At HAL24K, we benefit a lot from open source software. That is why, to contribute back, we’ve started an internal program to open source some of the internal tools and libraries we’ve used to build our platform and machine learning solutions, starting with OOProxy. You can find the code here: repository.
What is OOProxy
OOProxy is a reverse OpenID and OAuth2 proxy that we use to protect our HTTP-based machine learning APIs. The proxy implements the client-credentials flow with bearer tokens, making it appropriate for machine-to-machine authentication and authorization.
The proxy has very little overhead (1–2 MB of RAM usage when used normally) and can handle the streaming of very large datasets, making it suitable for shared clusters and machine learning APIs with large datasets.
The API Lake Project
A few months ago, we started building a scalable cloud environment to run authenticated machine learning APIs in the cloud. It enables us and our customers to expose the results of machine learning projects, and hook these up to their own systems so they start classifying their own data and receive the predictions from their machine learning models.
This environment is built on top of Kubernetes, which enables us to:
- Easily (auto-) scale APIs horizontally
- Assign deployments to certain nodes based on needs, for example, assign certain APIs for deployment on GPU nodes
- Swap components around, like our authentication proxy
- Easily add necessary dependencies for the APIs, like databases or Hadoop, to the cluster
It also gives us an easy deployment API on top of Helm. On top of that API we built a set of deployment tools and project templates that makes it incredibly easy for our customers to deploy their projects, even from Jupyter notebooks, to production-ready systems.
Benefits of using rust
One of the things we needed for the API Lake was authentication. Most load-balancers like HAProxy or Kong do have OAuth capabilities, but they are often only available as proprietary extensions or didn’t quite meet our needs. Other reverse OpenID proxies also didn’t suit our use case. Building your own isn’t often the first choice for projects like this, but it was necessary in this case.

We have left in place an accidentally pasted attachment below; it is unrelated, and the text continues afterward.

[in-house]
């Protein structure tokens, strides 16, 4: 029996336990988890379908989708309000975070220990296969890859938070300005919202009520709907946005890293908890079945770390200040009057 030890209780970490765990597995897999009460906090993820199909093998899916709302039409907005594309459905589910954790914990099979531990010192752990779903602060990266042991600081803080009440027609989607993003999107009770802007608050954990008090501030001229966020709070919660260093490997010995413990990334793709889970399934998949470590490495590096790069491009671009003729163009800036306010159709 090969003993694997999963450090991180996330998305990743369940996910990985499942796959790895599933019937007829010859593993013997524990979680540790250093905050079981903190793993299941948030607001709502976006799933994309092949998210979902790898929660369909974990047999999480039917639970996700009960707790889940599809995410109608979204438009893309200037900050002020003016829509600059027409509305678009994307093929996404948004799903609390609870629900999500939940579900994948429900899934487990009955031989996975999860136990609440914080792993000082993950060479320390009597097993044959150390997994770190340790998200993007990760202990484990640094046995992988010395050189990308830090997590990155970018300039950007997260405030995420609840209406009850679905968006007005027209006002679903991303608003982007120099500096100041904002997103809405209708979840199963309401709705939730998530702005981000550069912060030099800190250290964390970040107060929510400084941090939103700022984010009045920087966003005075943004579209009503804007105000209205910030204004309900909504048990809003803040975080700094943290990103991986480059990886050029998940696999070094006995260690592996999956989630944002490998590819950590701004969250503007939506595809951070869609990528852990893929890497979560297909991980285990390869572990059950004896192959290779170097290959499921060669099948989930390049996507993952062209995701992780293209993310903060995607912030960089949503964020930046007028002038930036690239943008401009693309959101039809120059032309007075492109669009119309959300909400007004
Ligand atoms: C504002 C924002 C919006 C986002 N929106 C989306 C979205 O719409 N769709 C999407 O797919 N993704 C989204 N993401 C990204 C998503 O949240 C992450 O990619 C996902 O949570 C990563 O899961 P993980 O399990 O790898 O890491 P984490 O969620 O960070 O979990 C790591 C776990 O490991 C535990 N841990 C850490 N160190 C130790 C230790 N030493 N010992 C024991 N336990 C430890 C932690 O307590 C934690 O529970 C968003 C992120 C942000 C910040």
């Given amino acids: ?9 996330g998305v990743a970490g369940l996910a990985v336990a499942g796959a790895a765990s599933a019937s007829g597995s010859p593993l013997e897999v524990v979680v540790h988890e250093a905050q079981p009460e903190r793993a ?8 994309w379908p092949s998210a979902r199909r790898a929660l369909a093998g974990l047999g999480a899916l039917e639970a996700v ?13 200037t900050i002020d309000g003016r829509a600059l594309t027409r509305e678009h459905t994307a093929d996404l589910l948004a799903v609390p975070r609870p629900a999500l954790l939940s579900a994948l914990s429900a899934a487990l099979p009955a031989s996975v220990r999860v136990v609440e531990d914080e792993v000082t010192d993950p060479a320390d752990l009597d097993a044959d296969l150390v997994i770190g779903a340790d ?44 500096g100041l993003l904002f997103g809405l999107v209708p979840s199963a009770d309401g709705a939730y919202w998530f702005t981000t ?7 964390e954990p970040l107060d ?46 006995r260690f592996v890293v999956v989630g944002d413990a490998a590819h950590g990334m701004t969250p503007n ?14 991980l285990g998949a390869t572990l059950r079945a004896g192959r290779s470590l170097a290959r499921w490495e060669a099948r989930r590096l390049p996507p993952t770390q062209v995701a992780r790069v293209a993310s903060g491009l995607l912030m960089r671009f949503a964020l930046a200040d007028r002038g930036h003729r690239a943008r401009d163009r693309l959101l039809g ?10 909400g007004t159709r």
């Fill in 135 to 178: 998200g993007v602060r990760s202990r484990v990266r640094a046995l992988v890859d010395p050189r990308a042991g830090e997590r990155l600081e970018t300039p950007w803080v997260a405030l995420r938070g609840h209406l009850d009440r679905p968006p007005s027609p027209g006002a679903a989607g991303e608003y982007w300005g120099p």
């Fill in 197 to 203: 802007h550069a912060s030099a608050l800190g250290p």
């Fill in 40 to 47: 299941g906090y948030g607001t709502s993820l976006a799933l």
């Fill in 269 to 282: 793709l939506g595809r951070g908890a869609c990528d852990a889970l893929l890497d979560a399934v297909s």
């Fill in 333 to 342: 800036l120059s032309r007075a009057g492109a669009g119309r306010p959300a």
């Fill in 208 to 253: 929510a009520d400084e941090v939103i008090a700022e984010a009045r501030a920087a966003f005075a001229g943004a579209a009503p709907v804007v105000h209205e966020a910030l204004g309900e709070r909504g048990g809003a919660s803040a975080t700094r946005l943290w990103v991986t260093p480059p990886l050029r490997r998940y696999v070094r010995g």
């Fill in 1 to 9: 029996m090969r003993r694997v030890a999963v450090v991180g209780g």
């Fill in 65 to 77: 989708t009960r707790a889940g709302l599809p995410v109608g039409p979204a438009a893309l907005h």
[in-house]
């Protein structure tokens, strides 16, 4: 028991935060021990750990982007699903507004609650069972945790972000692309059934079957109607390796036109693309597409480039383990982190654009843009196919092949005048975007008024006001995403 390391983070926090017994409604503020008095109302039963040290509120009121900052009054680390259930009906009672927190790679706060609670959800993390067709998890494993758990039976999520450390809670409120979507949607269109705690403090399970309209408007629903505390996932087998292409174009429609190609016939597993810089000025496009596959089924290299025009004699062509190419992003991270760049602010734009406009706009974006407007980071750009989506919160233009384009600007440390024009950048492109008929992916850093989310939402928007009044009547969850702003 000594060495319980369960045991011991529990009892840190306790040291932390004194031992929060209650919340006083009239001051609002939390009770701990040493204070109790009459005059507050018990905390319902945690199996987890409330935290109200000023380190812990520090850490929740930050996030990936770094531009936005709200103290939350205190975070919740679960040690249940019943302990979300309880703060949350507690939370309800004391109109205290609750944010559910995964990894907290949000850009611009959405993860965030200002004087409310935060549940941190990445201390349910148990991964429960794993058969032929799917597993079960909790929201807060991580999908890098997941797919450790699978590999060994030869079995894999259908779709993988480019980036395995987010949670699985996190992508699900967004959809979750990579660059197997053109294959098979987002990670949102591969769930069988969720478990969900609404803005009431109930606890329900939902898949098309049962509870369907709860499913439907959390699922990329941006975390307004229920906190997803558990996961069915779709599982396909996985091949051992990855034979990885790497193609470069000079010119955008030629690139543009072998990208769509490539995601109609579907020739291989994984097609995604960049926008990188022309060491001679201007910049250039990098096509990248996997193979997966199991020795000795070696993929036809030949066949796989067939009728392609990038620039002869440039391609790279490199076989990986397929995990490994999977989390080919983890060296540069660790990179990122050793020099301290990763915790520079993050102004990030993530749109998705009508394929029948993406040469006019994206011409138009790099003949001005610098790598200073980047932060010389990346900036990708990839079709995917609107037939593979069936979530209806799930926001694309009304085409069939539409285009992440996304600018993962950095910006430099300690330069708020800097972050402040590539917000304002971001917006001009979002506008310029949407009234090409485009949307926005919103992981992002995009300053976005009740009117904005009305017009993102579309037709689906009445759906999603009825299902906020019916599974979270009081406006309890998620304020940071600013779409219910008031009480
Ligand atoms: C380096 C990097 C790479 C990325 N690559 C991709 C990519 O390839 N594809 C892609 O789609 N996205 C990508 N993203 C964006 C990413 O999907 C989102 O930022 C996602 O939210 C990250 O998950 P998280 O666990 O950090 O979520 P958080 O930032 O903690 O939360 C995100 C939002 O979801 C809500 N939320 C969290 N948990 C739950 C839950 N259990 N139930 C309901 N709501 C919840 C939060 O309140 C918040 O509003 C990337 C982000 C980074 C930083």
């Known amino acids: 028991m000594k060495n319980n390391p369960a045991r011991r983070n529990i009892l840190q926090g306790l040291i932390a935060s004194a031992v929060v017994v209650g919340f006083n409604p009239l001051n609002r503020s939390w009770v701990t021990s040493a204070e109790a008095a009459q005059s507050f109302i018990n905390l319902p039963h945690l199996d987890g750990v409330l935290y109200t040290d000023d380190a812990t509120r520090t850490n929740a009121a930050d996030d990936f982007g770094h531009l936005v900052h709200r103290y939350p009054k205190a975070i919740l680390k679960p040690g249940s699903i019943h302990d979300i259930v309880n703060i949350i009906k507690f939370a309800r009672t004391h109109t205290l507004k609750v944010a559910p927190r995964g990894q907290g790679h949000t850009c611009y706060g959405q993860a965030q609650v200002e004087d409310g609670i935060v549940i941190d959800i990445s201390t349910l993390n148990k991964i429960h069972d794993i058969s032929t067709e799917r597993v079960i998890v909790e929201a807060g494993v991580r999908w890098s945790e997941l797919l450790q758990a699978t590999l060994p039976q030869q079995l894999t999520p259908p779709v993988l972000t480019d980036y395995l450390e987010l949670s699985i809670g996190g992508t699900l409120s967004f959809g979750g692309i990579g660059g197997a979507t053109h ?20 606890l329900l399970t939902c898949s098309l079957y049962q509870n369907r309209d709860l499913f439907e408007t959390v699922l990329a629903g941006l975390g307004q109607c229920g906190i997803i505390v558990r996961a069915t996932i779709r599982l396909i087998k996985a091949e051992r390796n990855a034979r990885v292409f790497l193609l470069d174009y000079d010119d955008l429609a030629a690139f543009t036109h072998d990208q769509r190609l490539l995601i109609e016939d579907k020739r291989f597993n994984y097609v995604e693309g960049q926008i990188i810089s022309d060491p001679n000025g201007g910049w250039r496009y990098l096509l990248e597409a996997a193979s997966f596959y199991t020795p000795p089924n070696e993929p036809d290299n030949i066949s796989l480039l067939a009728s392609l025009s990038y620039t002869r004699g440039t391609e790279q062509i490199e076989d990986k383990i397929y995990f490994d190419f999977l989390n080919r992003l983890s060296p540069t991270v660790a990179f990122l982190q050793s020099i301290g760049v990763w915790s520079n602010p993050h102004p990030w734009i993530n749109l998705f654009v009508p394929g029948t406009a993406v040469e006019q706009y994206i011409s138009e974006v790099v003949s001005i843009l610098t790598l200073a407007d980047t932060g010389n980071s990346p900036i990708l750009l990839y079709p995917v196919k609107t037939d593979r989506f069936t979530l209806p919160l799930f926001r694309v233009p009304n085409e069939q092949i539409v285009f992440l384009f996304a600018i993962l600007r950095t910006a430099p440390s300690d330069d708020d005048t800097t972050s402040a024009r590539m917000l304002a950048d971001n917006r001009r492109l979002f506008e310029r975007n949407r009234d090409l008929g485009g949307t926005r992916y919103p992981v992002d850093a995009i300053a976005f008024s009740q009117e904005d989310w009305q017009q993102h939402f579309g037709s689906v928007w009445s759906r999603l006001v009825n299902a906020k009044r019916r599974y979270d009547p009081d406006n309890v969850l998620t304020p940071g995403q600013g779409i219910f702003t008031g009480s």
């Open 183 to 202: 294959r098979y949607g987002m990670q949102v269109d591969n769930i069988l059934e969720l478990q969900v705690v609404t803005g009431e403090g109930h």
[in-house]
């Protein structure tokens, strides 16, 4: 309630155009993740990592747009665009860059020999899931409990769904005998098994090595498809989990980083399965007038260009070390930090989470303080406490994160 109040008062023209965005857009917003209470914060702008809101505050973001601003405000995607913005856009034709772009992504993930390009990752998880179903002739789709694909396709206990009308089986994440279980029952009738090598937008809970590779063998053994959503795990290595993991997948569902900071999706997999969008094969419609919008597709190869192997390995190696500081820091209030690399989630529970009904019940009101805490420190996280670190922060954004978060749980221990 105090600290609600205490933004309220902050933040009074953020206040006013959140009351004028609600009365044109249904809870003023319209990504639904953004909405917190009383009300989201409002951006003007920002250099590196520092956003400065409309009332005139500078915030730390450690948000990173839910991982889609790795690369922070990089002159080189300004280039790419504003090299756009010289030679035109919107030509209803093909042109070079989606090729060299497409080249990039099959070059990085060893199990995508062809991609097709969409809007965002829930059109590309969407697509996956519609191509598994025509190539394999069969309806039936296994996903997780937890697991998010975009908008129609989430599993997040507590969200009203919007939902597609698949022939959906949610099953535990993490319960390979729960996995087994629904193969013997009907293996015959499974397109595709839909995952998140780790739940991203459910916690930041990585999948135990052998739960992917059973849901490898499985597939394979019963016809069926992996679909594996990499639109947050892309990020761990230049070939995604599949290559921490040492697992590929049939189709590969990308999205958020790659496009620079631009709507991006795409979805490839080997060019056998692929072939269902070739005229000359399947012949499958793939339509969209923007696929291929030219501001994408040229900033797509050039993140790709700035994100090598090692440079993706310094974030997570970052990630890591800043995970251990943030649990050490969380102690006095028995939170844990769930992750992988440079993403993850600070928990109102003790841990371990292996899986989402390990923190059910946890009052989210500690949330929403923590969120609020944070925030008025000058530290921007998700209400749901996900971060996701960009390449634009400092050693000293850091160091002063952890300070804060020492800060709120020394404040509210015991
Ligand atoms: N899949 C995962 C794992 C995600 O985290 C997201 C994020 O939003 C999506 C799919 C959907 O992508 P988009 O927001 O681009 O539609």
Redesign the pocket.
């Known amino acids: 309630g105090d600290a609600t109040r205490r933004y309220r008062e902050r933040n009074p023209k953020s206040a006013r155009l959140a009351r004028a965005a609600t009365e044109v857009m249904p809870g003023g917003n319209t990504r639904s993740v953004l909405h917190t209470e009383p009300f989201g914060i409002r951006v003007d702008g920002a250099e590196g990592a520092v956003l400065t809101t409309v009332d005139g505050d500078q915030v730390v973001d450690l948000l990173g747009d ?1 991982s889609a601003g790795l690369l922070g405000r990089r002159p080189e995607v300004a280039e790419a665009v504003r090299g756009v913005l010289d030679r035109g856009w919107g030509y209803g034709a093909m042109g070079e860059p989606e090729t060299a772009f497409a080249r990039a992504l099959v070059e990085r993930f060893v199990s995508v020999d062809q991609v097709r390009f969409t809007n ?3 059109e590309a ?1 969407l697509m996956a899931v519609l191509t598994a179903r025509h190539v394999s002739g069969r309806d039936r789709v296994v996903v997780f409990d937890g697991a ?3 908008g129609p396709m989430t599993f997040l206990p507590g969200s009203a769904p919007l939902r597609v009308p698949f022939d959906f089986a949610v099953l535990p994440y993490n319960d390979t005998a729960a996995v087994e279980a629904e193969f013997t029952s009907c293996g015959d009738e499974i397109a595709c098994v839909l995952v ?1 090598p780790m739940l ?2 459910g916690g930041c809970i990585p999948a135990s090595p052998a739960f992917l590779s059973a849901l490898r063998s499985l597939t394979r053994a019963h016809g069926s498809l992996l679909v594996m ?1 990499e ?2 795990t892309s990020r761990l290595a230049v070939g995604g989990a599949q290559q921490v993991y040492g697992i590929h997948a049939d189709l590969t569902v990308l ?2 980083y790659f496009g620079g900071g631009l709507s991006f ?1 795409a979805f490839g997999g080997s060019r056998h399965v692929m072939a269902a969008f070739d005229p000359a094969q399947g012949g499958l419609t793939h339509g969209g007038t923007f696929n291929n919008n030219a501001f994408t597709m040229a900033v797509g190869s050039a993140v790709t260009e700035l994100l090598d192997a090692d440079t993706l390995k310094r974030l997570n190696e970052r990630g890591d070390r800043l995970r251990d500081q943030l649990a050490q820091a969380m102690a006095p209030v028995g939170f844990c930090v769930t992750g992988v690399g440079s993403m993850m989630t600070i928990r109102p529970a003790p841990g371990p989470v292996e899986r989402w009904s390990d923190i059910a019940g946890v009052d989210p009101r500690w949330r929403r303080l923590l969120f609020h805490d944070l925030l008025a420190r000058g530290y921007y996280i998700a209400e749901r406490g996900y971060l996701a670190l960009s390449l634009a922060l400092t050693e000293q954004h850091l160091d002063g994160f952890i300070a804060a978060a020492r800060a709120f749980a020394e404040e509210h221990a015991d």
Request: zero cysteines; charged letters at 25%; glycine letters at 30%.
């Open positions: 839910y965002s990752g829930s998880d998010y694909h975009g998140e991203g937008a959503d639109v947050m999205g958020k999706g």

Most machine learning models have high hardware requirements, they need:
- A lot of memory
- And GPUs
We certainly could have written our authentication layer in c# or java, but most virtual machines have a lot of memory overhead, especially when you have to deploy the service many times. Rust is a new systems programming language that allows you to write safe, low-level efficient code without the overhead of a garbage collector or a virtual machine, and without any of the memory-safety issues that you’d get with languages like C++.
The current proxy only uses 1 MB of RAM at rest, which compared to a typical java or c# is astonishingly small. This already saved us from having to add an extra node to our cluster, and will save us more hosting costs in the future.
The single-sign-on server also has a pretty central place in the service graph. To reduce the load the APIs place on this service, we made sure they only fetch keys on startup (and key-rotation), and validate any tokens inside the proxy. This works if the single-sign-on service publishes key IDs (which can be used to signal key-rotation). If your service doesn’t publish key IDs, you can set a key expiry which will prompt the proxy to look for new keys periodically.
More to come
In the coming months we’ll provide more open-sourcing and more internal tooling and (data-science) libraries.
HAL24K is a Data Intelligence scale-up based in San Francisco, Amsterdam and London, delivering operational and predictive intelligence to cities, countries and companies.